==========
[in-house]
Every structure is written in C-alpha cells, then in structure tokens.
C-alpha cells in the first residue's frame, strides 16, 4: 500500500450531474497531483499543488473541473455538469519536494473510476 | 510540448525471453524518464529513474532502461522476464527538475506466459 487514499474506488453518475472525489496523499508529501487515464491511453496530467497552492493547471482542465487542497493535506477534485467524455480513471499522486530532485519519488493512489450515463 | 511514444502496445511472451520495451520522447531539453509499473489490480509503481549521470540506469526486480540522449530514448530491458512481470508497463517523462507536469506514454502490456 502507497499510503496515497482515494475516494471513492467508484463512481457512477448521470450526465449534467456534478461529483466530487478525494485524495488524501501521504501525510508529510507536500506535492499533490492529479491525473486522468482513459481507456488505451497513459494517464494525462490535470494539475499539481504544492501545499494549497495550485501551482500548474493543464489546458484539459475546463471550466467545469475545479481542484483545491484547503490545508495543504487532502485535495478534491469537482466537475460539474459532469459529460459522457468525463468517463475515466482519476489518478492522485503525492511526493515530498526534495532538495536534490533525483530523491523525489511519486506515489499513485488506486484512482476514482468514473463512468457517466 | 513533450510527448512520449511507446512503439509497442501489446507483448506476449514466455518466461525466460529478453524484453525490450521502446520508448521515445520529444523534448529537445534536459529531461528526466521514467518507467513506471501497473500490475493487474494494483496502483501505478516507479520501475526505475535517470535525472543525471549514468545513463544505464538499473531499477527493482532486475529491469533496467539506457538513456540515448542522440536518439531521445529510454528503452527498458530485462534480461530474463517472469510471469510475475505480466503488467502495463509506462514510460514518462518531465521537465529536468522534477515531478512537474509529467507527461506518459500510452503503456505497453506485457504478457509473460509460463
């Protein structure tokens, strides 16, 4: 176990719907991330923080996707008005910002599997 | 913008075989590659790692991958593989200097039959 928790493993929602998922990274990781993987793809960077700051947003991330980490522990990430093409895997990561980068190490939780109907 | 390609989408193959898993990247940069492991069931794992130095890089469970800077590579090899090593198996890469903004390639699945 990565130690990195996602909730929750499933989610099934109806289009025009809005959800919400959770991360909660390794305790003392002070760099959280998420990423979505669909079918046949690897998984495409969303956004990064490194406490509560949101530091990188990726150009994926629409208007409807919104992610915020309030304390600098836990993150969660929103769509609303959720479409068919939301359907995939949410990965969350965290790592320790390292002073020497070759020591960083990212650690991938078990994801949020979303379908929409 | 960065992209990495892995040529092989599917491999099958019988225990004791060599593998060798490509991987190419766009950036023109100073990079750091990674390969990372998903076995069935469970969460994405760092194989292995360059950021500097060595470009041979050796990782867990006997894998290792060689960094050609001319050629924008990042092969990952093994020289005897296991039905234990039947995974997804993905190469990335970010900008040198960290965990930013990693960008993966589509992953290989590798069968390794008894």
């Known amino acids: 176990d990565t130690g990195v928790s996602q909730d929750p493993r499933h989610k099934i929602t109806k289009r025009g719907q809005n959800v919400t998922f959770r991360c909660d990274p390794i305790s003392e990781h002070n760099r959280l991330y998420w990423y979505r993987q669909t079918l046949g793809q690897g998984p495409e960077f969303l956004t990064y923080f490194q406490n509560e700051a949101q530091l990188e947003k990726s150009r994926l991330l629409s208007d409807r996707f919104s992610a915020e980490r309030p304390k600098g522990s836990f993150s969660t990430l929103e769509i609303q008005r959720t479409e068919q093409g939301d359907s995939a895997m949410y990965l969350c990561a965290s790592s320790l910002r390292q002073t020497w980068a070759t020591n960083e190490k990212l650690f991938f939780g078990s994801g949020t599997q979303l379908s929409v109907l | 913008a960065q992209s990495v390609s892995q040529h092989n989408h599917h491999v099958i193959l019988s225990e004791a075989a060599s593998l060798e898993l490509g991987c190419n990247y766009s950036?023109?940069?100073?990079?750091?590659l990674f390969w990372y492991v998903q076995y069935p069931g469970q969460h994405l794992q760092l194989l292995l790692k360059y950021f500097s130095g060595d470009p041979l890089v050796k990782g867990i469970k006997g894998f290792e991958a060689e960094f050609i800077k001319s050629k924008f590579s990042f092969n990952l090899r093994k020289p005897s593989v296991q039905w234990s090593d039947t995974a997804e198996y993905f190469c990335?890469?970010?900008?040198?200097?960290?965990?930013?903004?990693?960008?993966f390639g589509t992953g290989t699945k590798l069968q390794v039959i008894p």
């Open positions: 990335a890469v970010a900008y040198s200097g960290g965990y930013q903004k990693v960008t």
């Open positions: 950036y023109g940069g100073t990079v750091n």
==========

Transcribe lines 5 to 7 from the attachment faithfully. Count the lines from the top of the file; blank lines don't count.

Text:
């Known amino acids: 176990d990565t130690g990195v928790s996602q909730d929750p493993r499933h989610k099934i929602t109806k289009r025009g719907q809005n959800v919400t998922f959770r991360c909660d990274p390794i305790s003392e990781h002070n760099r959280l991330y998420w990423y979505r993987q669909t079918l046949g793809q690897g998984p495409e960077f969303l956004t990064y923080f490194q406490n509560e700051a949101q530091l990188e947003k990726s150009r994926l991330l629409s208007d409807r996707f919104s992610a915020e980490r309030p304390k600098g522990s836990f993150s969660t990430l929103e769509i609303q008005r959720t479409e068919q093409g939301d359907s995939a895997m949410y990965l969350c990561a965290s790592s320790l910002r390292q002073t020497w980068a070759t020591n960083e190490k990212l650690f991938f939780g078990s994801g949020t599997q979303l379908s929409v109907l | 913008a960065q992209s990495v390609s892995q040529h092989n989408h599917h491999v099958i193959l019988s225990e004791a075989a060599s593998l060798e898993l490509g991987c190419n990247y766009s950036?023109?940069?100073?990079?750091?590659l990674f390969w990372y492991v998903q076995y069935p069931g469970q969460h994405l794992q760092l194989l292995l790692k360059y950021f500097s130095g060595d470009p041979l890089v050796k990782g867990i469970k006997g894998f290792e991958a060689e960094f050609i800077k001319s050629k924008f590579s990042f092969n990952l090899r093994k020289p005897s593989v296991q039905w234990s090593d039947t995974a997804e198996y993905f190469c990335?890469?970010?900008?040198?200097?960290?965990?930013?903004?990693?960008?993966f390639g589509t992953g290989t699945k590798l069968q390794v039959i008894p």
């Open positions: 990335a890469v970010a900008y040198s200097g960290g965990y930013q903004k990693v960008t």
């Open positions: 950036y023109g940069g100073t990079v750091n």